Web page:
I was always a very active person. I was either working out, playing tennis or golf, walking long distances and dancing.  I loved to dance!  Music just made me move and groove!  Oh, I forgot to mention racquetball and skiing.  I was always in pretty good shape.  And you know what??? I took all these activities for granted. What I mean is I never in my wildest dreams would ever think I would not be able to do these activities due to a chronic illness.   One day my muscles are strong and the next day they I get stuck.

Let me explain further.  I was always the last one on the dance floor at any party or event that I attended.  Actually, the first on; last off!!  My feet hurt at the end of the night but that’s quite normal.  I always made it part of my weekends to go somewhere that had dance music(or at least most weekends).  Even having MS, I was able to dance.

However, about three years ago, that changed.  I went to a wedding with my boyfriend Bob.  We were standing awhile having hors derves and drinks and I started to feel the need to sit down.  I didn’t think a thing of it.  Sometimes, my legs got a little tired in high heels. I just thought it was MS which always goes away.  It came time to go into the ballroom for the reception, dinner and dancing(my favorite part)!

I danced with Bob for a couple of dances; no problem. Then a gentleman at the table asked me to dance.   I started to dance, but halfway through the dance, my feet stopped.  What was happening?   It felt as though they were in two blocks of concrete.  I was mortified!  Me not dance???  I called my boyfriend over to help me to my seat. I wasn’t happy, but I thought it was probably just an MS flair up.  I tried to walk…….Not happening!  So, Bob got the car, came back in and carried me to the car.  How embarrassing!  He took me home and I planned to call my doctor on Monday morning .

I called my Neurologist Monday at 9 A.M.  and he said to come in later that day.  That was October 2014. The diagnosis he eventually gave me was MS with Parkinson’s symptom.  That did not sound good to me.  He prescribed to me medication called carbidopa-levodopa.  That sounded familiar to me.  I think my Dad took that.  That was not a good sign!  Eventually, he referred me to a Parkinson’s Disease Neurologist.  And you know the outcome…… Now 2 dis-eases…..MS and PD!!

Not happy….

Daily workout

Right now I am on the bike in the gym of my apartment building.  It is so important to exercise daily when you have a movement disorder!  I find that the days I don’t work out, I have more anxiety and my legs get weaker sooner in the day.  So, working out for me is essential.  Every other day I do yoga. The days I don’t do yoga, I do cardio( a walking class or a cardio machine).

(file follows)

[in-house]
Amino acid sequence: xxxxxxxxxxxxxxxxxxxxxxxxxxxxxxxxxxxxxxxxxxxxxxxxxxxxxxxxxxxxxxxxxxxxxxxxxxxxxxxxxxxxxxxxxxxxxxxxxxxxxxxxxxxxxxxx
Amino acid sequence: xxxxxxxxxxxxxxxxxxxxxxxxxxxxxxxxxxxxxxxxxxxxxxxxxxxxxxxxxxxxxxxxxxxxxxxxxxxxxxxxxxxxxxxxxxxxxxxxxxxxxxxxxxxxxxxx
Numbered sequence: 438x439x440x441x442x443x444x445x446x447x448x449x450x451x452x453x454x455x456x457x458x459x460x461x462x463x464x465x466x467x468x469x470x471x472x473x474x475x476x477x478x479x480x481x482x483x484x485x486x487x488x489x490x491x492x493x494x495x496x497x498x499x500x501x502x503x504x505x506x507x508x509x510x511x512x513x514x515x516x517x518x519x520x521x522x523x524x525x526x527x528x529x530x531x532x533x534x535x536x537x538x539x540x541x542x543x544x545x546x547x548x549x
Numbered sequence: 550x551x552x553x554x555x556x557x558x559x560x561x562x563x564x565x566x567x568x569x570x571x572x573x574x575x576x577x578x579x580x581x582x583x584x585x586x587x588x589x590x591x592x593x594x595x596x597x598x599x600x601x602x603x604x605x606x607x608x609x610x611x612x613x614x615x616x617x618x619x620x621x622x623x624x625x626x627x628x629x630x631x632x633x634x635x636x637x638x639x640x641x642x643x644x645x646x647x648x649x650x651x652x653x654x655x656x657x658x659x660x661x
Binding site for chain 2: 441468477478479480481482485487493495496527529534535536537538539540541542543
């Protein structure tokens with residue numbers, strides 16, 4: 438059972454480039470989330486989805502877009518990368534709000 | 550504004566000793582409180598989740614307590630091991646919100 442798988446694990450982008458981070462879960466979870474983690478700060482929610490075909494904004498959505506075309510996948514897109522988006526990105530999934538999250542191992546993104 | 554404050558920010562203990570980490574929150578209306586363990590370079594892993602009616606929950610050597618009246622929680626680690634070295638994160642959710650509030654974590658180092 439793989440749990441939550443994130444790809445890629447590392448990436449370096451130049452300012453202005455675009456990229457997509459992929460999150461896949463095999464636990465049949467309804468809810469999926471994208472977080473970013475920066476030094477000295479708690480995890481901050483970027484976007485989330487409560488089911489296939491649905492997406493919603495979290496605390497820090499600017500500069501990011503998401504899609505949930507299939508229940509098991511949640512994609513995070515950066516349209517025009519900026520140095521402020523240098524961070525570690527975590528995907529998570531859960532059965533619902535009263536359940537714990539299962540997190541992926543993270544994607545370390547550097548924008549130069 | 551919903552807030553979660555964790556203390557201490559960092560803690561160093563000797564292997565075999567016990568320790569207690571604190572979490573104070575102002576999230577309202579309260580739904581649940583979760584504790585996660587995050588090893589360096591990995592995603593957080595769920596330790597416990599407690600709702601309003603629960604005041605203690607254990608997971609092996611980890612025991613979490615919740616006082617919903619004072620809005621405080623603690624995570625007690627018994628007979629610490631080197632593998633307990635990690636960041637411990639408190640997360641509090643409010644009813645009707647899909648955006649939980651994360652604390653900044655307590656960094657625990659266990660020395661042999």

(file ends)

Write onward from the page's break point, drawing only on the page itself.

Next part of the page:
I also stretch out before each exercise.  I find my neck and back very sore if I don’t do my stretches.  Oh, I forgot to blog that I had an MRI on my back. Guess what!?  I have spinal stenosis and arthritis to add to my list.  There are days that I am literally debilitated because my back hurts so bad!! 

Therefore, I am gettting an epidural tomorrow in my back to relieve my pain.  🙏🏻🙏🏻 I am praying for relief.  I can’t sleep, can’t sit for a long period of time, and walking is a problem.  Pray for me!  My girlfriend is taking me because they don’t what me to drive.  Thank god for girlfriends!  I’ll go into that at another time.  

Yoga for MS and Parkinson’s

You  can give in to chronic illnesses or you can fight them!  I have three beautiful children and they give me three reasons to fight.  I am Barbie; I am not MS or Parkinson’s!  I have them, they don’t have me!

When I was diagnosed with MS, I was scared. I was devastated.  I felt my life was over. I cried and cried. But when I finished my crying, I decided to explore different ways to help me cope with this devastating disease.

I decided to search the internet for a Complimentary Alternative Medicine (CAM). Yoga kept popping up. Mmmmm ..  I didn’t practice yoga. Maybe took a class or two on a vacation, but never took yoga classes as a part of my exercise regimen.  I knew there was a yoga studio not far from my house.  My daughter, Marni convinced me to go to a beginner class.  Of course, she had to go with me!  That was the beginning of my yoga addiction. I loved it so much that I became certified as a Yoga Instructor!

I have some videos on YouTube. Yoga by Barbie for MS and Parkinson’s. They are in three parts. I am going to try and insert the link. But if not, you can search YouTube to find the videos.


Hopefully these are correct!